As an asteroid affectionately known as "The Rock" soared past Earth recently, I thought it's time to tackle the differences between some very similar astronomical objects: asteroids, meteors and comets.
Let's start with asteroids and comets.
Both asteroids and comets are chunks of space debris (usually rocks covered in ice) that orbit around the Sun.
But they come from different places.
Asteroids are rocky, inactive objects that are formed in the warm inner solar system region between the planets of Mars and Jupiter.
Comets are mostly made up of ice embedded with dust particles. They are formed further out, in the colder outer reaches of our Solar System.
A comet's ices can vaporise in sunlight forming an atmosphere of dust and gas. This atmosphere (also known as a coma) sometimes forms the tail of dust and/or gas you often see trailing behind a comet.
If an asteroid or a comet is nudged out of its orbit by the gravitational pull of the other planets in our solar system, they can pass close to the Earth.
What about meteors?
OK, this is where we have to introduce three more terms: meteoroid, meteor and meteorite.
A meteoroid is, basically, a tiny piece of space debris. It could be a small asteroid, which forms when bigger asteroids collide, or the debris from a comet, which is formed when a comet passes near the Sun and releases debris that was once embedded in the (now melted) ice of the comet.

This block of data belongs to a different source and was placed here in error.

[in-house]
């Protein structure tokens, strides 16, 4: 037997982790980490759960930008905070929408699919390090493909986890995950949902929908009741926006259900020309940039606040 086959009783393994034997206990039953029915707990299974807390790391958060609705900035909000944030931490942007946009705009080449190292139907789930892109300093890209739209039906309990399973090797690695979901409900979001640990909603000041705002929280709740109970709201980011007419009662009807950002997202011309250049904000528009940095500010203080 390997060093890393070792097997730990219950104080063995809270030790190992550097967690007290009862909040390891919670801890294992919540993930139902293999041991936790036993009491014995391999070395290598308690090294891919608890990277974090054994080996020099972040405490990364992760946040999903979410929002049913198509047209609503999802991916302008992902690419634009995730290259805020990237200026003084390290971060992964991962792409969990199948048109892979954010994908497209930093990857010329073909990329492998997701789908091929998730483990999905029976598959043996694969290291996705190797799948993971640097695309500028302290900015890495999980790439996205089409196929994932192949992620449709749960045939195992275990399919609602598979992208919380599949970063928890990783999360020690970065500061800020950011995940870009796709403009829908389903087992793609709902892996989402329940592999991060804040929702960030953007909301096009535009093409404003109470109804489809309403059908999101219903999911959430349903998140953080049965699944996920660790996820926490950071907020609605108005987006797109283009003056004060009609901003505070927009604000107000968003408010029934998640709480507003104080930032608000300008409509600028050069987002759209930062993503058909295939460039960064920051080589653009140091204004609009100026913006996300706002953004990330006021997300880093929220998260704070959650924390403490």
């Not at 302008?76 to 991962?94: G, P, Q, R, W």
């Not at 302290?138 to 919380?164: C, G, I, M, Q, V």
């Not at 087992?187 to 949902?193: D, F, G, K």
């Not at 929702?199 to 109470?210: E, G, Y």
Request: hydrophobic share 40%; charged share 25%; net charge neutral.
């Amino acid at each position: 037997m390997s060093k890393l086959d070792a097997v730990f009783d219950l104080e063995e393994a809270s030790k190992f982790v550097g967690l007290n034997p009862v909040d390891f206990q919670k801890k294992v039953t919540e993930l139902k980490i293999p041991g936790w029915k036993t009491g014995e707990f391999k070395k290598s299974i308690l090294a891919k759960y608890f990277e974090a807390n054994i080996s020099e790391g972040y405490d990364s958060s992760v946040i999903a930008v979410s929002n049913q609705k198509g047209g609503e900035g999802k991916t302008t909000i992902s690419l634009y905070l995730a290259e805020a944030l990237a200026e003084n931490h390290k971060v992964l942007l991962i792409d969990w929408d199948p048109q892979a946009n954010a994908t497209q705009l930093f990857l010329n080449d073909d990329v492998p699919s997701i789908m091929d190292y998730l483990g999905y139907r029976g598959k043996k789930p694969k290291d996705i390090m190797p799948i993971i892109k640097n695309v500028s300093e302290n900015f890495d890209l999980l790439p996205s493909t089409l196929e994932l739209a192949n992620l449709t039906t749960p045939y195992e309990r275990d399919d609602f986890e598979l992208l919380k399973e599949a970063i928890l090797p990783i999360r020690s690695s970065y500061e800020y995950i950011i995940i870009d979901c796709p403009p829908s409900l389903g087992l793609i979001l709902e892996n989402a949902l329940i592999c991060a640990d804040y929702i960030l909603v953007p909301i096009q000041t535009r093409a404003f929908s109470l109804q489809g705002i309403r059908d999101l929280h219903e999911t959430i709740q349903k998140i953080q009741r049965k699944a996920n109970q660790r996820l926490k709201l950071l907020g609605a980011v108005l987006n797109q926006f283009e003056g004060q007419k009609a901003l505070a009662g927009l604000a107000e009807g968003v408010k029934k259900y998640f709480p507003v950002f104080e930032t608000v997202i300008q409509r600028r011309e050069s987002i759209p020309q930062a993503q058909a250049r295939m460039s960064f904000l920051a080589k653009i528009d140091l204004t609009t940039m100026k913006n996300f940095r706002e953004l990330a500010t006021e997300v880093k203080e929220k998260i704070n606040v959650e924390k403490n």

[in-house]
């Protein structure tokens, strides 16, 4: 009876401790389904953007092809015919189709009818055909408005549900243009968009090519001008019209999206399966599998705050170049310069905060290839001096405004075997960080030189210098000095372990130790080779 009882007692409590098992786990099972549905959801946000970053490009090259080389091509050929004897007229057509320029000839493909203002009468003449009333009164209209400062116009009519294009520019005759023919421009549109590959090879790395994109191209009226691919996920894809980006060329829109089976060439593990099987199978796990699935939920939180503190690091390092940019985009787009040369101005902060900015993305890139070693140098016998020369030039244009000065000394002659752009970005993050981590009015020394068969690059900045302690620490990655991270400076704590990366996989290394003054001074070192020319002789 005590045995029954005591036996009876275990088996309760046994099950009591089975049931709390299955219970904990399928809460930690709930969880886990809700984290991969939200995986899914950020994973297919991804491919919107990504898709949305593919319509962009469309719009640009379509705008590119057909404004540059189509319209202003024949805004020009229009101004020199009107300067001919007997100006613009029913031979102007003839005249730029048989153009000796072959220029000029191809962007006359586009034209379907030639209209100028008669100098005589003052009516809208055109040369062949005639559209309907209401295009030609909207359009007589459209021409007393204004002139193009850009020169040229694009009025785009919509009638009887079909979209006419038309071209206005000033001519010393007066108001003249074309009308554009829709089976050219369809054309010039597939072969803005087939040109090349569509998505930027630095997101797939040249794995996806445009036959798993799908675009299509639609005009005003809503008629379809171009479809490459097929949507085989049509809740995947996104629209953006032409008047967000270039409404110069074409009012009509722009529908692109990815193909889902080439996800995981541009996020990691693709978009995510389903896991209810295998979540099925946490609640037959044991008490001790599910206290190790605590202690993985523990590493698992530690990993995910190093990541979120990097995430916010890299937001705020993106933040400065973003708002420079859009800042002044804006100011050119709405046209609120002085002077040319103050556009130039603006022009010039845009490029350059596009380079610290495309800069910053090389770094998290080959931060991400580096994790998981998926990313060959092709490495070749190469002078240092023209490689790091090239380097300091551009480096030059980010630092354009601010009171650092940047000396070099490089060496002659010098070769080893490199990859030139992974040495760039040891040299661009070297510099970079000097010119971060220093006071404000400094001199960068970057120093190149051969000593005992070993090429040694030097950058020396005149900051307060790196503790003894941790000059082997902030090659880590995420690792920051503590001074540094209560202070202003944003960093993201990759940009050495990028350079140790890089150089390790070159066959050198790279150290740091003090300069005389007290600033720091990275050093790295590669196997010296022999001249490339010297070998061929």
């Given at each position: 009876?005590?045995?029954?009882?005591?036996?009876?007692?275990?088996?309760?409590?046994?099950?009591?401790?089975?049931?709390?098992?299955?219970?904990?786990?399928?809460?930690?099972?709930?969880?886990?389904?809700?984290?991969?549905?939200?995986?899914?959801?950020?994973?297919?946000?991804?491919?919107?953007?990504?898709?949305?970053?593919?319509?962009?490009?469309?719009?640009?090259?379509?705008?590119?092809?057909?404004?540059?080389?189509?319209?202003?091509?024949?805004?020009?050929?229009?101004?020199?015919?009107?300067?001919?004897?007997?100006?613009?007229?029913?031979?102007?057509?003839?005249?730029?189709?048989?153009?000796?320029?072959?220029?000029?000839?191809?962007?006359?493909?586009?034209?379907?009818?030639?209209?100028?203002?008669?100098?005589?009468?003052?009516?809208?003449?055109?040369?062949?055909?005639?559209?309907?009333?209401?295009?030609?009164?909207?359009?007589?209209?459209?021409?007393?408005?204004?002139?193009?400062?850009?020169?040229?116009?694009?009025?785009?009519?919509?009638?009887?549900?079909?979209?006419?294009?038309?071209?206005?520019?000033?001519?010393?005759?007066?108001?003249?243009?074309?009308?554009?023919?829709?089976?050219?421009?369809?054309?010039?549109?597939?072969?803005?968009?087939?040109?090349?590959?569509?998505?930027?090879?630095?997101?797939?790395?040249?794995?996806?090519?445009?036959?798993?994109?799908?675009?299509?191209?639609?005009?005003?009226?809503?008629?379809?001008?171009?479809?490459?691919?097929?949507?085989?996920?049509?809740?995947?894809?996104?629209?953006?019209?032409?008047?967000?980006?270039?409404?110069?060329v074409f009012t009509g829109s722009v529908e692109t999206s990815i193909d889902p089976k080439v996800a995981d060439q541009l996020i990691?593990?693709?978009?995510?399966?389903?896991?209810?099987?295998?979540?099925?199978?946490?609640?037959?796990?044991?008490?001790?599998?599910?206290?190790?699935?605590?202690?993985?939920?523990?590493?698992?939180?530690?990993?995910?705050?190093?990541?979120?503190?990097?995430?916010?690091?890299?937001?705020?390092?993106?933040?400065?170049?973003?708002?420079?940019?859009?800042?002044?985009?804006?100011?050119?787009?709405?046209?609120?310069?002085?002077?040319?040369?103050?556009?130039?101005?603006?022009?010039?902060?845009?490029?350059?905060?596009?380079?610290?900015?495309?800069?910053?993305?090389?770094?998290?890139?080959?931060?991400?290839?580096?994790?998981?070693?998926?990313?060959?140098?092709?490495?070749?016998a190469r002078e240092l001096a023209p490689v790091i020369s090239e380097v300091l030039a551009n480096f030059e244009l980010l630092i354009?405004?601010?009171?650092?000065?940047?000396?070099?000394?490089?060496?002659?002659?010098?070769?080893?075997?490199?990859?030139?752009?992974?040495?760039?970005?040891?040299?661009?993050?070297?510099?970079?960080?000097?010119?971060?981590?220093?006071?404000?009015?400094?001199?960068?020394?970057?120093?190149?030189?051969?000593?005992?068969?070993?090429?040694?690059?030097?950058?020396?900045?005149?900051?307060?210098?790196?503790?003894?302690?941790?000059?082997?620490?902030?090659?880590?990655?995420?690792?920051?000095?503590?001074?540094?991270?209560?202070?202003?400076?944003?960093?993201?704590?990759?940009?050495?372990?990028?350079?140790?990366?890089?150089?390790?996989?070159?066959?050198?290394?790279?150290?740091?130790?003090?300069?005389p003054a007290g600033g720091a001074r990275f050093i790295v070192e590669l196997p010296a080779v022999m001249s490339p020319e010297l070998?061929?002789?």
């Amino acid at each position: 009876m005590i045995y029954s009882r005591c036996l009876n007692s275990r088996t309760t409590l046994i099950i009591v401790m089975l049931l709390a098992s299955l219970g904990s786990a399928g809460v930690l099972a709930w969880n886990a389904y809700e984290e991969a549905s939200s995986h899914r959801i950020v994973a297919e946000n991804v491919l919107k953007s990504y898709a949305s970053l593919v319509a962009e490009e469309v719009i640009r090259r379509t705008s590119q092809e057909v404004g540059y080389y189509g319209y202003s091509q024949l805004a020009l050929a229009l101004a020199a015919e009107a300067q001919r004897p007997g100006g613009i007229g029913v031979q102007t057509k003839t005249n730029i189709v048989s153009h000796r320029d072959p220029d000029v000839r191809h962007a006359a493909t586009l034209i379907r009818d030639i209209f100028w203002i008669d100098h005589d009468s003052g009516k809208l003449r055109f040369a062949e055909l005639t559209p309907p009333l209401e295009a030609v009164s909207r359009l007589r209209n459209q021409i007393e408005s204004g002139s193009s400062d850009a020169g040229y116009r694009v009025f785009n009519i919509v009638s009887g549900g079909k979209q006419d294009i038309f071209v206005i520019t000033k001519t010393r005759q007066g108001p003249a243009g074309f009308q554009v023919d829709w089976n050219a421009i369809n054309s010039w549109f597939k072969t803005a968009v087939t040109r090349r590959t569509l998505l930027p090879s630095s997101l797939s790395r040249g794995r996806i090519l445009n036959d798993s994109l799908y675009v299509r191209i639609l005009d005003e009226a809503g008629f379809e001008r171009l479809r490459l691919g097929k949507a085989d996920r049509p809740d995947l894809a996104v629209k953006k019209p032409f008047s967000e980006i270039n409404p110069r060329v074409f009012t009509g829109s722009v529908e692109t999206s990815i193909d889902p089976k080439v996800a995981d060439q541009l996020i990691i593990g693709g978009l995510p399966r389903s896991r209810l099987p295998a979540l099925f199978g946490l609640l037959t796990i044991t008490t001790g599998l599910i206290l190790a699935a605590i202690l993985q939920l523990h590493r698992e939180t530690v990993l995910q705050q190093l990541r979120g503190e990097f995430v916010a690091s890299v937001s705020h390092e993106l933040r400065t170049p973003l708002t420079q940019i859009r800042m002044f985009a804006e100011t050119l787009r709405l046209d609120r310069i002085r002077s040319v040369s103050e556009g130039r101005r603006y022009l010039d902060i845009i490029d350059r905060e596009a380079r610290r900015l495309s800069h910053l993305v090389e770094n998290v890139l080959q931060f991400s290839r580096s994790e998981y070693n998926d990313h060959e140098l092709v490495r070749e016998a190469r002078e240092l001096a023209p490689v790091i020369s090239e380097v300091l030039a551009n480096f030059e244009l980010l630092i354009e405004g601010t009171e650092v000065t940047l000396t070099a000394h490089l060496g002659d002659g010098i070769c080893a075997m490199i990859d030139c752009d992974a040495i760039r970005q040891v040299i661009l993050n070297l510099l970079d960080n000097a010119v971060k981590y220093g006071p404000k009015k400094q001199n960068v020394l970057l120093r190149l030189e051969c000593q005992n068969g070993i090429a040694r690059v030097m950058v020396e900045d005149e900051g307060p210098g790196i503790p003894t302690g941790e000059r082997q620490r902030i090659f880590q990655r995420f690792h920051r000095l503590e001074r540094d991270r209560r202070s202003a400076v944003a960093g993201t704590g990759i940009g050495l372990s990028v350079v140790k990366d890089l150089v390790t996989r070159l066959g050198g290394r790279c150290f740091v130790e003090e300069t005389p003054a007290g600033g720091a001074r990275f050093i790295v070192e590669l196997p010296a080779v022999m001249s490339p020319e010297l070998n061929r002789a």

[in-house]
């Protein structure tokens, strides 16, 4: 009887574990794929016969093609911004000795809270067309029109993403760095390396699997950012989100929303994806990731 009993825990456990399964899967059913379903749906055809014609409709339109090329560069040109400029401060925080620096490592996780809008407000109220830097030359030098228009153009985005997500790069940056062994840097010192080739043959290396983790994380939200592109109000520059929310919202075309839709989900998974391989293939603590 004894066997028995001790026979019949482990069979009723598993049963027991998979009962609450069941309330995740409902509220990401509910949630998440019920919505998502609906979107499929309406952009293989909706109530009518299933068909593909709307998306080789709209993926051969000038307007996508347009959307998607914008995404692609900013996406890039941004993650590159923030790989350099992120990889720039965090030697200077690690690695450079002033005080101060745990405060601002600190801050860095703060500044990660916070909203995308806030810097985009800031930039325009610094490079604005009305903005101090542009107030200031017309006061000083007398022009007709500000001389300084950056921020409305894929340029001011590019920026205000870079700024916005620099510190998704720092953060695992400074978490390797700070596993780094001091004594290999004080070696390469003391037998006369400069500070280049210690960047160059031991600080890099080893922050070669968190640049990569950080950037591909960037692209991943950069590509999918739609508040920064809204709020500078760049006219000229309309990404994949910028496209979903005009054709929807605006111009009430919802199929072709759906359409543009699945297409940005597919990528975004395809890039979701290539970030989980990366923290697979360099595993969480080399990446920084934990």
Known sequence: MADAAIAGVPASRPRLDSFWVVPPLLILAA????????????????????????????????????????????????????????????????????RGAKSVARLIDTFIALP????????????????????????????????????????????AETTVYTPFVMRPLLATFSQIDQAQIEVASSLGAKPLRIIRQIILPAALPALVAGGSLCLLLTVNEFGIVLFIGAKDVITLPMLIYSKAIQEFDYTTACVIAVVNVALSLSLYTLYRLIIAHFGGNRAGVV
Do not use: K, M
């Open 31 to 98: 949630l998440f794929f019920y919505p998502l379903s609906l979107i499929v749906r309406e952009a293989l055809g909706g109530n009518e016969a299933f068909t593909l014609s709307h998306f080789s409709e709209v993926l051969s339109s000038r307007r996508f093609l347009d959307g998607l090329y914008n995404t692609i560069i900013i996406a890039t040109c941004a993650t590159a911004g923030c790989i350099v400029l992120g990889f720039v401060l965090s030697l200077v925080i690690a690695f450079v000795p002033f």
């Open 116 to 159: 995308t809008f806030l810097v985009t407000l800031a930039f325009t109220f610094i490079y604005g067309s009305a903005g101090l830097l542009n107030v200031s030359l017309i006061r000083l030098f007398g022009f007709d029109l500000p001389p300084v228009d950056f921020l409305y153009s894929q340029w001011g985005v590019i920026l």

When a meteoroid enters the Earth's atmosphere it burns up, causing a flash of light and is now known as a meteor.
A meteor also goes by another, more common, name - it's a shooting star.
If any of the meteor is not burnt up in the atmosphere and survives its descent to the Earth to land on its surface, then it is known as a meteorite.
Here's a quick picture from tes.com to help differentiate these cosmological entities:
We know a lot more about comets thanks to ESA's Rosetta mission and there's plenty of information on the differences between comets, asteroids and meteoroids here.
You can find out more about comets here and asteroids here. Or, click here to find out how to catch a meteorite.
And if you'd like to know what would really happen to you if an asteroid hit Earth, this article is quite shocking.
What is Sunday Science?
Hello. I’m the freelance writer who gets tech. I have two degrees in Physics and, during my studies, I became increasingly frustrated with the complicated language used to describe some outstanding scientific principles. Language should aid our understanding — in science, it often feels like a barrier.
So, I want to simplify these science sayings and this blog series “Sunday Science” gives a quick, no-nonsense definition of the complex-sounding scientific terms you often hear, but may not completely understand.
If there’s a scientific term or topic you’d like me to tackle in my next post, fire an email to firstname.lastname@example.org or leave a comment below. If you want to sign up to our weekly newsletter, click here.
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